I have a home built D-Bot CoreXY (300x200x325 print size) and a Prusa i3 (200x200x190 print size).
It takes ~15 minutes to print a clamp.
The quality of your printer will dictate your ‘visible layer’ lines. For example, my D-Bot produces far smoother parts with a higher level of detail than my Prusa (i could easily upgrade my Prusa to match my D-Bot… but i don’t see the need).
3D printed object can be incredibly strong and durable. It all depends on the type of filament used. I just use standard PLA for my x-carve clamps and they are stronger than any hardwood clamp i’ve used… and PLA wouldn’t be called a ‘strong’ filament.
definitely well said! I have been doing aluminum as well with the stock 1000 m x carve, cutting thick and thin aluminum, no lubrication, and even cutting 10’ x 2’ sheets of aluminum (tiling).
I just completed a youtube video that goes thru step by step to do aluminum with out lubrication. This starts from how to draw in autodesk fusion, assuming you know nothing about the process, so you may want to fast forward thru some.
This vid is a timelapse of cutting 3/16" aluminum without lubrication:
If you are interested in how I use the X carve to tile and cut one 10’ wide piece of aluminum, you can watch this video:
I have used the bit Brian talked about in the original post and it does a pretty good job cutting AL, but 1/8" bits flex a lot and I found going up in cutting diameter allows faster cutting rates. I bought this bit:
With the 1/8" bit I found that the bit flex would cause chattering before the CNC flex caused chattering. I could see that the bit motion was larger than the spindal motion when chattering. When I stepped up to the 3/16" bit I actually found that chatter was caused mostly by the CNC flex, but I was able to cut at a much faster rate. For reference I have the 1000mm setup with all the upgrades.
Going off memory I think I was using 10in/min, 0.08" cut depth, spindal speed near max, dry cutting. I tried wet cutting with lubricant, but I did not find it improved my cut rate significantly. The Amana bits are pricey, but I think they are worth it.
I have a project brewing and ordered the bit you recommended. The feed rates you list are fantastic. Others have stated closer to 10 in/min. Do you think that is due to the style and type of bit or are they just more conservative.
I know your post is a few months old, anything new you’d add?
It’s funny you posted today… because i was cutting more brackets on that same aluminum sheet yesterday.
I still use those same settings (30 in/min & 0.005 in depth per pass) on 6061 aluminum. I found that on some tricky aluminum like ‘Cast Jig Plate’ (ATP5/Mic6) i have to go a little slower (~25 in/min) or i get some slight jittering. It might have to do with how gummy ATP5 is… but it still cut like butter.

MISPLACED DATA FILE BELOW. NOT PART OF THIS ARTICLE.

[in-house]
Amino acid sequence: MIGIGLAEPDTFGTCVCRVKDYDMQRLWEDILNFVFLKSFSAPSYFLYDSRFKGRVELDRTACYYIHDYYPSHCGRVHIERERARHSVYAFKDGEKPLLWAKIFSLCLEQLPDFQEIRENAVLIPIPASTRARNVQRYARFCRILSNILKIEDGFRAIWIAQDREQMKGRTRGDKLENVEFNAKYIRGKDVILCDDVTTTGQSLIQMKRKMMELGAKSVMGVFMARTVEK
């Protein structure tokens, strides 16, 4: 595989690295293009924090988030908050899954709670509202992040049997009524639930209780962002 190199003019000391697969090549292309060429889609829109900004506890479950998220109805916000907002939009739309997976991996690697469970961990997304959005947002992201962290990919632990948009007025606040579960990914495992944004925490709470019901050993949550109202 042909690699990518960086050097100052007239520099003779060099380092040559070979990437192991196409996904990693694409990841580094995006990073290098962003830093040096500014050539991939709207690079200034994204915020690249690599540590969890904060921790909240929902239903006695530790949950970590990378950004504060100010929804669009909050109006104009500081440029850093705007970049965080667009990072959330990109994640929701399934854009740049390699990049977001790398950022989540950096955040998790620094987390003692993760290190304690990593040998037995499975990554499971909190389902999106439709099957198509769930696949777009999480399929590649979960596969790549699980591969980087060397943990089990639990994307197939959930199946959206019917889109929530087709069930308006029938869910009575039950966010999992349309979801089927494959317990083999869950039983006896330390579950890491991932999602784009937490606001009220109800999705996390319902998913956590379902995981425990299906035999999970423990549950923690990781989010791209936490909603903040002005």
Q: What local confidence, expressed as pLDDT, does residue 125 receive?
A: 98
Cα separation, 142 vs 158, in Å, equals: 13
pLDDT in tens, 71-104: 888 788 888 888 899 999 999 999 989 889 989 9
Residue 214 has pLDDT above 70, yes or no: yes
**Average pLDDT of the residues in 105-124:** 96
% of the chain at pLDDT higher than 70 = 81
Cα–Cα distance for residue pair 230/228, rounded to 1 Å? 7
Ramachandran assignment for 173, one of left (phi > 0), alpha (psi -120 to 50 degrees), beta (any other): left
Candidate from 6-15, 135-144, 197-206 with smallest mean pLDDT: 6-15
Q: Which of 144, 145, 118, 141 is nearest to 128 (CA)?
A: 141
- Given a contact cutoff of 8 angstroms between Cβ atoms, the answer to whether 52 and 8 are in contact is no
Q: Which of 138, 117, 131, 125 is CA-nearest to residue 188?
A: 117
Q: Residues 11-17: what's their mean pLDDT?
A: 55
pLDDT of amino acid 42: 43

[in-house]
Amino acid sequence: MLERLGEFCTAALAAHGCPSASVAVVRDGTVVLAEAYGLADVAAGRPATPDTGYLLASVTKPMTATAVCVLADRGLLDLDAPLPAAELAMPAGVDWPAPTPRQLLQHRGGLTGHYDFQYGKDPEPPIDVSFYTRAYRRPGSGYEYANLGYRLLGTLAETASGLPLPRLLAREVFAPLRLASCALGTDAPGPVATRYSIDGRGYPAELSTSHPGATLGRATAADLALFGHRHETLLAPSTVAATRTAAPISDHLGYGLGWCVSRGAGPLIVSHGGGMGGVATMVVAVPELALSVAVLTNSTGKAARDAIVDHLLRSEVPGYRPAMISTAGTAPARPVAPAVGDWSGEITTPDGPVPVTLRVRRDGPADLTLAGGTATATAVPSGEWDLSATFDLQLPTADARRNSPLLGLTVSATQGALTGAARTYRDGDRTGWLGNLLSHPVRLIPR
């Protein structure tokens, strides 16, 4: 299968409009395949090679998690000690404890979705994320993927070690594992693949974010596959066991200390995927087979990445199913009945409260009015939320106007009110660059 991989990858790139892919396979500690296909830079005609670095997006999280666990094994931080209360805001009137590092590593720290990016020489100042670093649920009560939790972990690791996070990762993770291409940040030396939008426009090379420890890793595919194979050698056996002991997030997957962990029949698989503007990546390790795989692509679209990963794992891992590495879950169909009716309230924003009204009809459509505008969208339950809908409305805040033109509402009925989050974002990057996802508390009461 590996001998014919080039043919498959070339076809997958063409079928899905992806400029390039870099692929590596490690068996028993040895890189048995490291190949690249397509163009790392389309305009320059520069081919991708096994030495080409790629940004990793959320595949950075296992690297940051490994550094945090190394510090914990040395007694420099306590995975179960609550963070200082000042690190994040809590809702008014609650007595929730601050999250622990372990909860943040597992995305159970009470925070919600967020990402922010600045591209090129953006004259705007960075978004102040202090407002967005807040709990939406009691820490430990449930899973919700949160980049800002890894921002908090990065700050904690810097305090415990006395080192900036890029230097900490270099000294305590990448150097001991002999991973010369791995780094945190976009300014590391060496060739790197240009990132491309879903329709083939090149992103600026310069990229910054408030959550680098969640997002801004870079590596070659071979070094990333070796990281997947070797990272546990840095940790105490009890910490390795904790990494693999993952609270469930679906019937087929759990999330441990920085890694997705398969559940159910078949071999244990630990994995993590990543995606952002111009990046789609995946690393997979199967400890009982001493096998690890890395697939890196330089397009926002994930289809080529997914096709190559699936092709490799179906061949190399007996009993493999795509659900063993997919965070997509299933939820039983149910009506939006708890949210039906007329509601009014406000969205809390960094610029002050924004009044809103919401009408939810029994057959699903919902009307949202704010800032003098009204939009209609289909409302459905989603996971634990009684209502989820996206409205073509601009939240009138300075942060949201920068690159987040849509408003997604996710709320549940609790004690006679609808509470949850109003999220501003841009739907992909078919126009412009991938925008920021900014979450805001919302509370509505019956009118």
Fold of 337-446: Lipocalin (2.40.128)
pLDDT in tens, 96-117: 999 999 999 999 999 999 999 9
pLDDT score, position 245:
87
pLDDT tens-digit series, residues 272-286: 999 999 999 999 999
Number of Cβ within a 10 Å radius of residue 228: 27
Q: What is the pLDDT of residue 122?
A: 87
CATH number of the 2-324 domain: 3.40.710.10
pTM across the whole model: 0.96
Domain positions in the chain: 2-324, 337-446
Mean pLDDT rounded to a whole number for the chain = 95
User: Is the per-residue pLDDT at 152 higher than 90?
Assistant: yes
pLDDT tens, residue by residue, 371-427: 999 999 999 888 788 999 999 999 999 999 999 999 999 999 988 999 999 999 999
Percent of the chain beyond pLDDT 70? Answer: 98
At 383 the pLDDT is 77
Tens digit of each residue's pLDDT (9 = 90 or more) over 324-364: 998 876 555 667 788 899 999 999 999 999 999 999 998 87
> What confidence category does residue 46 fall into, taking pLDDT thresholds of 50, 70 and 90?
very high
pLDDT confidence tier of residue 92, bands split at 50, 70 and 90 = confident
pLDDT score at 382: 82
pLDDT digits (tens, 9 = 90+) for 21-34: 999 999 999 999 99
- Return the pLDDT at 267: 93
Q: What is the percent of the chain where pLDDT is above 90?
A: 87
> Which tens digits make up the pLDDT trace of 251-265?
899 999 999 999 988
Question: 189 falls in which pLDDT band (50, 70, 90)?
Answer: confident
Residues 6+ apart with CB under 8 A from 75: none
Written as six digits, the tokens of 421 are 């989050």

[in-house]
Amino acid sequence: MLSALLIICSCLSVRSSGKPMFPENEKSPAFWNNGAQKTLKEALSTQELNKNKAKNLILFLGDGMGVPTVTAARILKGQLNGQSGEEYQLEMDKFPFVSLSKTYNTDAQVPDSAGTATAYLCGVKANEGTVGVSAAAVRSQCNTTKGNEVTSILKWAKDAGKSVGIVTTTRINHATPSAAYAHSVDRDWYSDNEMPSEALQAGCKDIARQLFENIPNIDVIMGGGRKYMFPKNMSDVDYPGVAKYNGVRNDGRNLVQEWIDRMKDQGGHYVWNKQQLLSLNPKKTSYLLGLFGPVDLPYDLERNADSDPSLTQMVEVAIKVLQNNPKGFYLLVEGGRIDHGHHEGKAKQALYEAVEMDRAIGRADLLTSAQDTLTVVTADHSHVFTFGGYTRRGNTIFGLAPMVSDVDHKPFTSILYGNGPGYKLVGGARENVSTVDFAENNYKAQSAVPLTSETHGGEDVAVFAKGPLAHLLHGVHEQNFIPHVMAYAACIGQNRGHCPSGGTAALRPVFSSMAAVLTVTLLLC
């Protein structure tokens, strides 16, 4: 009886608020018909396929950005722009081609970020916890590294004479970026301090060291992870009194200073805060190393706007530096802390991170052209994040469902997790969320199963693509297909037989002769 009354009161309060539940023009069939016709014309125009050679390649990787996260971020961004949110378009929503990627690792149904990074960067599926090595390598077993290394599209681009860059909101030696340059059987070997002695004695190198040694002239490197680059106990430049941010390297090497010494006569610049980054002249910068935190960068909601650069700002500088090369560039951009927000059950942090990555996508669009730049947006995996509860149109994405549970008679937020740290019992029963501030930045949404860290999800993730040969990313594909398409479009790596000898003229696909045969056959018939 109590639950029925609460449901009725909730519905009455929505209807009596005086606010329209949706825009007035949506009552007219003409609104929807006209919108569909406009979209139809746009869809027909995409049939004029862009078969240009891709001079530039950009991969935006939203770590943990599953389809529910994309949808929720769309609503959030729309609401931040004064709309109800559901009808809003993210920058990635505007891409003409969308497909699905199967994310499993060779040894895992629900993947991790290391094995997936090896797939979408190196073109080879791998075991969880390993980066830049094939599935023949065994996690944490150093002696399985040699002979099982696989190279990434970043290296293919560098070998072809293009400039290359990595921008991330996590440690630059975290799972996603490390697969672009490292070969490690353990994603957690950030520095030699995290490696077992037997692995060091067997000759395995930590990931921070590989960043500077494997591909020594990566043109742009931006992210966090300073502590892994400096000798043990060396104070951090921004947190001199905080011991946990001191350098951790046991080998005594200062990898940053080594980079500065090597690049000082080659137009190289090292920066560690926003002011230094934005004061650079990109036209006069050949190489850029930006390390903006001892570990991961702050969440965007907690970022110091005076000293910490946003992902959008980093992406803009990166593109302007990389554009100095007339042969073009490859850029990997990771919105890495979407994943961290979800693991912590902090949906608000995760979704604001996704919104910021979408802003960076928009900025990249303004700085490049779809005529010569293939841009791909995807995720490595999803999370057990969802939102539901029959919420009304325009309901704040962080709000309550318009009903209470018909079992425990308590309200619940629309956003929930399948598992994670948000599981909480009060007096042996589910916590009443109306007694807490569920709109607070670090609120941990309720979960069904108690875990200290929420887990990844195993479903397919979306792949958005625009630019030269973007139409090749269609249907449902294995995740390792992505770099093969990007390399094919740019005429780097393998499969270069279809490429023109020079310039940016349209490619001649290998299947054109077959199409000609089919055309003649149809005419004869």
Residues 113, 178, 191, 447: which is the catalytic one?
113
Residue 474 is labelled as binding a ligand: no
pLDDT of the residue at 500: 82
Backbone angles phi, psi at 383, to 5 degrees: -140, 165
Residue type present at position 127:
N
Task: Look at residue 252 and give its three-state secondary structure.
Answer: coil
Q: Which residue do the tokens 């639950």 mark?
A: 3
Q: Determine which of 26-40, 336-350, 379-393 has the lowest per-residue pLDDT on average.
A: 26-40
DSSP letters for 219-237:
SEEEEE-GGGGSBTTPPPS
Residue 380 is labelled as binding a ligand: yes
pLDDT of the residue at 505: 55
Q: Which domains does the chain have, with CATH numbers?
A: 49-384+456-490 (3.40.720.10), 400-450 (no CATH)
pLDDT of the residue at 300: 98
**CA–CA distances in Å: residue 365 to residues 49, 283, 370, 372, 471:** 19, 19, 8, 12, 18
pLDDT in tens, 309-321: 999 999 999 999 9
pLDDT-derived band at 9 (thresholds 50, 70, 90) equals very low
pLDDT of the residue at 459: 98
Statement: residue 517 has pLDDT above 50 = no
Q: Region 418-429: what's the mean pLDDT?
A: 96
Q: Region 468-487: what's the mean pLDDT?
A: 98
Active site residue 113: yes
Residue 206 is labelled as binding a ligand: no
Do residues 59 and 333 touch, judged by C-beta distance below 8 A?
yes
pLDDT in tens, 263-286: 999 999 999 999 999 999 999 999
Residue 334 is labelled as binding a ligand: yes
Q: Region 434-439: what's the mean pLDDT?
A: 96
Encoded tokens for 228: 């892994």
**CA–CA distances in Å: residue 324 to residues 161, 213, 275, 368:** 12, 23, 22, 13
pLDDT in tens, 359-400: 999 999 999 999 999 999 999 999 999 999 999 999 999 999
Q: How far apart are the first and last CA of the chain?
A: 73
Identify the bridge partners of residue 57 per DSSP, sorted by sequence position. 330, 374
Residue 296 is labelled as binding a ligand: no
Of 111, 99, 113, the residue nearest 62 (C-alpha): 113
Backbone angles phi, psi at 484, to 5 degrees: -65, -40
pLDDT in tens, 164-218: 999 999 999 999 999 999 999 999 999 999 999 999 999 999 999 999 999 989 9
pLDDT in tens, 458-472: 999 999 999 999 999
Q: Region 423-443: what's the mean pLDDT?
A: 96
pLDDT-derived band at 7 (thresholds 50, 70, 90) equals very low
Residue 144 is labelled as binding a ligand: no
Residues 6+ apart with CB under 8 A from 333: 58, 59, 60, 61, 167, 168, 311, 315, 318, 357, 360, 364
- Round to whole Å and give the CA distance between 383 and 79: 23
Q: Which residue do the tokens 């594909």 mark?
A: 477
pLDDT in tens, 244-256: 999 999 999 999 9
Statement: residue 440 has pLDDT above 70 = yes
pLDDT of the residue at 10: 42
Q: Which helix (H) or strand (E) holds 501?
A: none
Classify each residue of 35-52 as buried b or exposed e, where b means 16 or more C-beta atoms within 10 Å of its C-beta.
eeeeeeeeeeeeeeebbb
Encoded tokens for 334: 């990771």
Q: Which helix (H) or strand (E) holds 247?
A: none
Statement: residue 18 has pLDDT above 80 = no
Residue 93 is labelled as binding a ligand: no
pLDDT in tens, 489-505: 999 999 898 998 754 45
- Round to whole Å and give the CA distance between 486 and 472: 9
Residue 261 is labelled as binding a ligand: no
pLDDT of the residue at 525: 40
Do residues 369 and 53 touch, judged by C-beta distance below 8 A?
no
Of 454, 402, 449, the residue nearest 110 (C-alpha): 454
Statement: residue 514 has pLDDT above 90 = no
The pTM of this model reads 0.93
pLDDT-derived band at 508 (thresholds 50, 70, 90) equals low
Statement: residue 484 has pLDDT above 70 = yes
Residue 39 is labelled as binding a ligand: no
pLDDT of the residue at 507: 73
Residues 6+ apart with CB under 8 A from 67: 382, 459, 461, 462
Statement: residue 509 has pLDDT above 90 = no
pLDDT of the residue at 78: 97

That Kodiak bit is still going strong and working great
I have a client that wants to be cut some very thin aluminum…not sure what it’s composition is (6061??) it is used for a trophy shop plate. Anyway, its very thin about the thickness of 2 business cards.
What you suggest for cutting out a simple circle as far as speed and DOC.
Is your machine stock or modified(if modified, what mods). The defaults in easel work for a stock machine. You can up it from there if you have modifications. I have a modded machine and I run .005 at 50ipm(currently) with a 0-flute upcut. A 45deg helical bit would also work well.
Anyone know if similar feeds and speeds (30ipm at 0.005" depth of cut) can be used with the quiet cut spindle? I have a stock 1000mm X-Carve (the newer single extrusion gantry style). I think I will probably stiffen my y-axis a bit before I try cutting aluminum since that can be done fairly easily.
Thanks for sharing that info.
I tryed the same on a 6061 T6 Aluminum (0.0591 thick) and I ruined 2 router bits. I have a dewalt 611 on my x carve and I was running it on the speed number 6. The first inch or inch and half was cutting good and the you can see in the photo the results of my second sample.
You really need to run some cutting oil on that. The part will cut cleaner, and will keep the aluminum from sticking to the cutter. Thread cutting oil is the best commonly available oil to use, but WD40 will also work.
At that feed, you’ve got a chipload of about .005mm. That low and you’re basically rubbing the aluminum away. That’s why you saw the melting.
Increase that feed to about 1370mm/min (22.8mm/s) for a chipload close to 0.0254mm (0.001 inches) which is where you want to be to get decent chips.
Depth of cut really depends on the toolpath and the machine. Keep it shallow for slotting cuts. I’d recommend using Fusion 360 or another capable CAM program and setting up adaptive toolpaths.
If you decrease the speed to #3 (20400rpm), you’ll also want to decrease your feed by the same percentage (so, about 1036mm/min).
By the way, if you can’t get that melted aluminum out of the endmill, a soak in purple degreaser will take care of it.